Five reasons why Libya’s revolt will shake the world
Even more than Tunisia and Egypt, the inspiring rebellion against Colonel Gaddafi’s regime shows that nothing is permanent.
The Arab uprisings have stepped up another gear. When even Libya, a relatively stable dictatorship, can be overrun by a democratic swarm demanding liberty and rights, there’s no telling where this political tumult will strike next. Here are five reasons why the inspiring Libyan revolt is of the utmost regional and global importance.
1) It shows that nothing is permanent
Many political leaders and observers treated Gaddafi’s domination of Libya as a fixed fact of north African life. Sweeping to power in a relatively late Arab officers’ coup against the British-backed Libyan monarchy in 1969, Gaddafi has ruled uninterrupted for 42 years, making him the longest-serving Arab dictator. His rule of Libya was treated as a natural, normal and ultimately unquestionable thing, not only by him and his cronies, but also, implicitly, by political institutions in the West. Whitehall’s invitations to Gaddafi over the past 10 years to rejoin the respectable international fold – through encouraging him publicly to renounce WMD in 2003 and through the Lockerbie prisoner-release deal of 2009 – showed that it considered his to be a permanent regime, a potential long-term ally and guarantor of regional stability.
Yet the people of Libya have shown that nothing is permanent. In the space of a few days they have exposed the utter isolation of this crumbling regime, whose rule was based on the monopolisation of force and politics, the attempted political disorientation of its own people, and on the recognition of external powers in lieu of any internal legitimacy. Thomas Paine once said that, ‘A long habit of not thinking a thing wrong gives it a superficial appearance of being right’ – and so it was that international observers’ long habit of thinking that the post-Second World War strongman set-up in the Arab world was inevitable gave it the superficial appearance of being, if not right, then at least acceptable, better than the alternative, reassuringly perpetual. The Libyan revolt will have delivered a sucker punch to Western fans of stasis-over-agitation as much as it has to Gaddafi. If Libya can tremble, so can almost anywhere else in the Arab world.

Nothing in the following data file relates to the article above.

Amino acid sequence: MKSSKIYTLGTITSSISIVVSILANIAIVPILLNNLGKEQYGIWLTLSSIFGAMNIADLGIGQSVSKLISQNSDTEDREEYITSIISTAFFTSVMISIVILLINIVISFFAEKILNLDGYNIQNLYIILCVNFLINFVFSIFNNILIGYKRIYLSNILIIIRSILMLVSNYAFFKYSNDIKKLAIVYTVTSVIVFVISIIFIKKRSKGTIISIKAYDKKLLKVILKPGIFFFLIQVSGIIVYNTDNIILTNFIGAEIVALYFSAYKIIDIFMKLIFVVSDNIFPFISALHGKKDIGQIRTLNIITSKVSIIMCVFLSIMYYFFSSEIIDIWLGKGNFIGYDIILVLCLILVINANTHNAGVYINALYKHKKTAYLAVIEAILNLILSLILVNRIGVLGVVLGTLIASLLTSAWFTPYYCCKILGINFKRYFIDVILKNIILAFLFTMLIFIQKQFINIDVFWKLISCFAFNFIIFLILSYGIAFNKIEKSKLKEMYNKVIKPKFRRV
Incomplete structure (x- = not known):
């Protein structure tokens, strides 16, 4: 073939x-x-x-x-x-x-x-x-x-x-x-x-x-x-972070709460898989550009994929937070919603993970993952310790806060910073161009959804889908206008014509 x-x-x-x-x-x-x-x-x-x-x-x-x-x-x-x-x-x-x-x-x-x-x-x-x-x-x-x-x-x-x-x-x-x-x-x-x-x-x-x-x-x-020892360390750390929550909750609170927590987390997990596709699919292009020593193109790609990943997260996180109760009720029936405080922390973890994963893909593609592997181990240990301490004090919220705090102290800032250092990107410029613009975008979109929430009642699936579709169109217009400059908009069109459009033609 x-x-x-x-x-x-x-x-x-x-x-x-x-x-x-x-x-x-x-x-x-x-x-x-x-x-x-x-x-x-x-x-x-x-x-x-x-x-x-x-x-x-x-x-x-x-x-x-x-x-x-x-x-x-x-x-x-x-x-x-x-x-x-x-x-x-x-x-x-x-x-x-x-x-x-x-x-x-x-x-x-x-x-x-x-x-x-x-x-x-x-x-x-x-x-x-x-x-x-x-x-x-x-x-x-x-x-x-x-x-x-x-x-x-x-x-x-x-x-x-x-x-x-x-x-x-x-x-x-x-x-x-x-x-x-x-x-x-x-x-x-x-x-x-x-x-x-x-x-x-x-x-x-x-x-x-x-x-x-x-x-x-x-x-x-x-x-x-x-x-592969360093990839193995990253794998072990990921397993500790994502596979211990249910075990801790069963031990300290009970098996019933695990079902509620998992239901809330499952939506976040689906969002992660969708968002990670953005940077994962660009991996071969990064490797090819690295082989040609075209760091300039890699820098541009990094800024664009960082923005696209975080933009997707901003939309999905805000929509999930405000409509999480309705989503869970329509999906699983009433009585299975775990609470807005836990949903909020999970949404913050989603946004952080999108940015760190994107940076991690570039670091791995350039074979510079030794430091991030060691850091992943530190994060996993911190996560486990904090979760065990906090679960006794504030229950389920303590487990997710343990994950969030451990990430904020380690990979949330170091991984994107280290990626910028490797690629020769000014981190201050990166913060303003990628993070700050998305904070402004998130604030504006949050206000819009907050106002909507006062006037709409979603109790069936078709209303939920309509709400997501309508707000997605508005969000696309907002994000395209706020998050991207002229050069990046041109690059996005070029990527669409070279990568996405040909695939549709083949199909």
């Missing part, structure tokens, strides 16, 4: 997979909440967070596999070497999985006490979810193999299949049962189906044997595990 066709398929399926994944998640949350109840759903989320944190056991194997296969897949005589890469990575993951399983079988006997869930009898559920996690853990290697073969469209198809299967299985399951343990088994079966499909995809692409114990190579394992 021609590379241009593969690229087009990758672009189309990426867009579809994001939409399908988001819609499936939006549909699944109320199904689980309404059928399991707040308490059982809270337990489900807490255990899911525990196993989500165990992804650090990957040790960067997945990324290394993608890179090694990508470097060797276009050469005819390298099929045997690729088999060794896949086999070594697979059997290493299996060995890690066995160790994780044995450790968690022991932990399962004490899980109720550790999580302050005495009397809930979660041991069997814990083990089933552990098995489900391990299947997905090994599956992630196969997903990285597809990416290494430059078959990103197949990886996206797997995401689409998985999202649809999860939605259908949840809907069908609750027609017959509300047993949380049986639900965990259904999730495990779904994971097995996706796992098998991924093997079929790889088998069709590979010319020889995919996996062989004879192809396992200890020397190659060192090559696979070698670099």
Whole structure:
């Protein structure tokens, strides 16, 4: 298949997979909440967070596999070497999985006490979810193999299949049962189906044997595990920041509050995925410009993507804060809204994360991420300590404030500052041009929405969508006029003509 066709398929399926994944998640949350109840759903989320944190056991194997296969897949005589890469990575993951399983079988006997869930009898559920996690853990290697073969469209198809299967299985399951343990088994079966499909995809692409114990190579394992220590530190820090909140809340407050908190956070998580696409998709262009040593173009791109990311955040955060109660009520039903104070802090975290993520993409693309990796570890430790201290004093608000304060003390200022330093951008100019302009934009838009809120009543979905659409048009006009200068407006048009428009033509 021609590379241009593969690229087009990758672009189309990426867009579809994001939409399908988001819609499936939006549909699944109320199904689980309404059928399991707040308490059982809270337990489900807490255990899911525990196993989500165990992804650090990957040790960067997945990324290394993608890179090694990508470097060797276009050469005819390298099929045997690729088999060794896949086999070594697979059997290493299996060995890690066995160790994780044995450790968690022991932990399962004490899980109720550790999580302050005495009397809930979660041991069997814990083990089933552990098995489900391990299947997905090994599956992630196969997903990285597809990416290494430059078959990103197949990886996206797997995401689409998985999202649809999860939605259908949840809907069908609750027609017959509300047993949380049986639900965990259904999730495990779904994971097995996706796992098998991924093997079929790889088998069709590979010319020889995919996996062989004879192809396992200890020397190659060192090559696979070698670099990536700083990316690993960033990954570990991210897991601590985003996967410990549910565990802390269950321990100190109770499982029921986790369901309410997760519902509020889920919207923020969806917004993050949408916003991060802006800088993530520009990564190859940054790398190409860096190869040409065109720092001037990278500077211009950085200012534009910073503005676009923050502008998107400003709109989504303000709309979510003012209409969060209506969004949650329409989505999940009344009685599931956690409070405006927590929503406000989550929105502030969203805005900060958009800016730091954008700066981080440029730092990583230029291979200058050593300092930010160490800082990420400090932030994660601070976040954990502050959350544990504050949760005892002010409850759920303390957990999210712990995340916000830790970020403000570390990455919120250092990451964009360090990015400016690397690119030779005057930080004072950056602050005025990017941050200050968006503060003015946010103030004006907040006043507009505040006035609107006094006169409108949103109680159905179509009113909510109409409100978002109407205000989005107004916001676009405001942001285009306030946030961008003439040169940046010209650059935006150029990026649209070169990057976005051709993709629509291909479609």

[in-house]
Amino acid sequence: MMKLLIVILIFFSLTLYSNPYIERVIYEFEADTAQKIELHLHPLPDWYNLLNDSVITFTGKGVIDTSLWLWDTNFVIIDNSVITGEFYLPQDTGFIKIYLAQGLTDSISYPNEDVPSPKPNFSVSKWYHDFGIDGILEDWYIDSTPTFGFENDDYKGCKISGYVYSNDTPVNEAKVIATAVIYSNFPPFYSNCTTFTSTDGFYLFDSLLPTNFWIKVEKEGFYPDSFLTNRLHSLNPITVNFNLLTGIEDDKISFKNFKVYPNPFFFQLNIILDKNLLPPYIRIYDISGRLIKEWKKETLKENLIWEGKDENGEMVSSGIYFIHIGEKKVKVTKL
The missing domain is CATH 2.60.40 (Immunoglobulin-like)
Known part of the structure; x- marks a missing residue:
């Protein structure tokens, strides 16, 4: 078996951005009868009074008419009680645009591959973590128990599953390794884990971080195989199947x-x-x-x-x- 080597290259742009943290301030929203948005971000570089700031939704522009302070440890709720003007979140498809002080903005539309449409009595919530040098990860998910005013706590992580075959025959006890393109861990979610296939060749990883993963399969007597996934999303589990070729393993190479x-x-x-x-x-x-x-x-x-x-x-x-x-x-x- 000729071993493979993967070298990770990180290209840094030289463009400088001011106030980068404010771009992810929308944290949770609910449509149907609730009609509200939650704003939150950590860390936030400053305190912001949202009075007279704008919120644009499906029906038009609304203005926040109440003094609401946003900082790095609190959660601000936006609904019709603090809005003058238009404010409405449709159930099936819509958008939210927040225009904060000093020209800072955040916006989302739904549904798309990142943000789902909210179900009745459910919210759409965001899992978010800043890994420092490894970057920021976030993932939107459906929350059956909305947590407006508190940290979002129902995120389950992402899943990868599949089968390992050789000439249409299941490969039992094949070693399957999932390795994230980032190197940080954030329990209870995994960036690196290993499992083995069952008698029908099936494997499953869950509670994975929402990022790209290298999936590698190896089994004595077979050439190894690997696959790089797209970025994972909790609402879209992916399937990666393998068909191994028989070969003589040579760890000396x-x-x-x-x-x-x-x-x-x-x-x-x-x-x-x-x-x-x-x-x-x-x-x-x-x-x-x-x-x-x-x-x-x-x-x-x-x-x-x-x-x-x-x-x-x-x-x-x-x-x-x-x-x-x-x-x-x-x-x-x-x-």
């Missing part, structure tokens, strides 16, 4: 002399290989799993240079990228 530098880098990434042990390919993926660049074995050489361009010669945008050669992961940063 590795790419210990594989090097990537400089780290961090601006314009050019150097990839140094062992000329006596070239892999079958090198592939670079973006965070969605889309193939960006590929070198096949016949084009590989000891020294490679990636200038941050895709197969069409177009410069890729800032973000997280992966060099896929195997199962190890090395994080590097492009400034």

2) It exposes the hollowness of the Arab regimes
The Libyan uprising reveals the key dynamic behind the current tumult in the Arab world: the utter corrosion of the postwar regimes.
Under Gaddafi, Libya’s attempts at political legitimation were even more unconvincing than Egypt’s (where the officers’ coup took place in 1952, 17 years prior to Libya’s). By the time of Gaddafi’s ascent to power in 1969, pan-Arabism was a discredited force, following Israel’s routing of the Arab armies in the Six Day War of 1967. Yet Gaddafi still sought to legitimise his rule by desperately clinging to Nasserist ideas of pan-Arabism, or by frequent references to the unresolved question of Palestinian statehood and the ‘battle of destiny’ with Israel that Libyans and all other Arabs had to prepare themselves for. (The officers’ coup that brought Gaddafi to power was called Operation Jerusalem.) Later, Gaddafi’s regime became increasingly reliant on the external recognition and support of the Soviet Union. Unable to locate the legitimacy of his rule in the Libyan demos, Gaddafi, in an extreme variant of a problem afflicting all Arab dictators, sought moral authority through the Palestinian issue or through external backing.
The recent historic demise of all these things – the crumbling of pan-Arabism in the late 1960s; the fall of the Soviet Union in the late 1980s; the decommissioning of the Palestinian national question in the 1990s – hit Libya hard. Consequently, in the 1990s Gaddafi’s single aim, as one observer describes it, was ‘regime survival’. And once again he sought to do this through external machinations, by making amends with his former enemies in the West, most notably Britain, in an effort to shore up his authority with a new form of external support combined with continuing internal repression. The political nakedness of the Libyan dictator, the hollowness of his claims to moral authority, speaks to a process of regime exhaustion now widespread in the Arab world.
3) It highlights a crisis of succession